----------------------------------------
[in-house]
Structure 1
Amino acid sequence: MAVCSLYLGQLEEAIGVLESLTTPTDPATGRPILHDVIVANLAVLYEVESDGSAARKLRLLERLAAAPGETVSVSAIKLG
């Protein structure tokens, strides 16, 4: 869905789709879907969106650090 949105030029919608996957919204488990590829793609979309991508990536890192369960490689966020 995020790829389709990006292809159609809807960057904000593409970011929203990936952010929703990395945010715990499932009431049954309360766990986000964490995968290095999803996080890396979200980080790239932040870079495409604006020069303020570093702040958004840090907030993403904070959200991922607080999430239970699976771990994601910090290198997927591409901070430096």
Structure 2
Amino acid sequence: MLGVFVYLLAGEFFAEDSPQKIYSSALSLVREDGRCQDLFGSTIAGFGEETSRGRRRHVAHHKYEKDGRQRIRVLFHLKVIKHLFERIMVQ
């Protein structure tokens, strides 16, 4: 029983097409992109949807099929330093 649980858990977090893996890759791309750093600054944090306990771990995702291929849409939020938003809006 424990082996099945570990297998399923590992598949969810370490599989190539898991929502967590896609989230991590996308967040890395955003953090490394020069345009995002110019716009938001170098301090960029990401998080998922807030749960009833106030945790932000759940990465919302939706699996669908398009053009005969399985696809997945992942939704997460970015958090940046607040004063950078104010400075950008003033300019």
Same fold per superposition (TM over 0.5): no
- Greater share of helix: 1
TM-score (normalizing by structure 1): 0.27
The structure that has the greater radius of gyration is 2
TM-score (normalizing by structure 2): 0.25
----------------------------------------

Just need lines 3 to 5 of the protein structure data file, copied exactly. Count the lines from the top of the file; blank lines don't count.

Amino acid sequence: MAVCSLYLGQLEEAIGVLESLTTPTDPATGRPILHDVIVANLAVLYEVESDGSAARKLRLLERLAAAPGETVSVSAIKLG
């Protein structure tokens, strides 16, 4: 869905789709879907969106650090 949105030029919608996957919204488990590829793609979309991508990536890192369960490689966020 995020790829389709990006292809159609809807960057904000593409970011929203990936952010929703990395945010715990499932009431049954309360766990986000964490995968290095999803996080890396979200980080790239932040870079495409604006020069303020570093702040958004840090907030993403904070959200991922607080999430239970699976771990994601910090290198997927591409901070430096």
Structure 2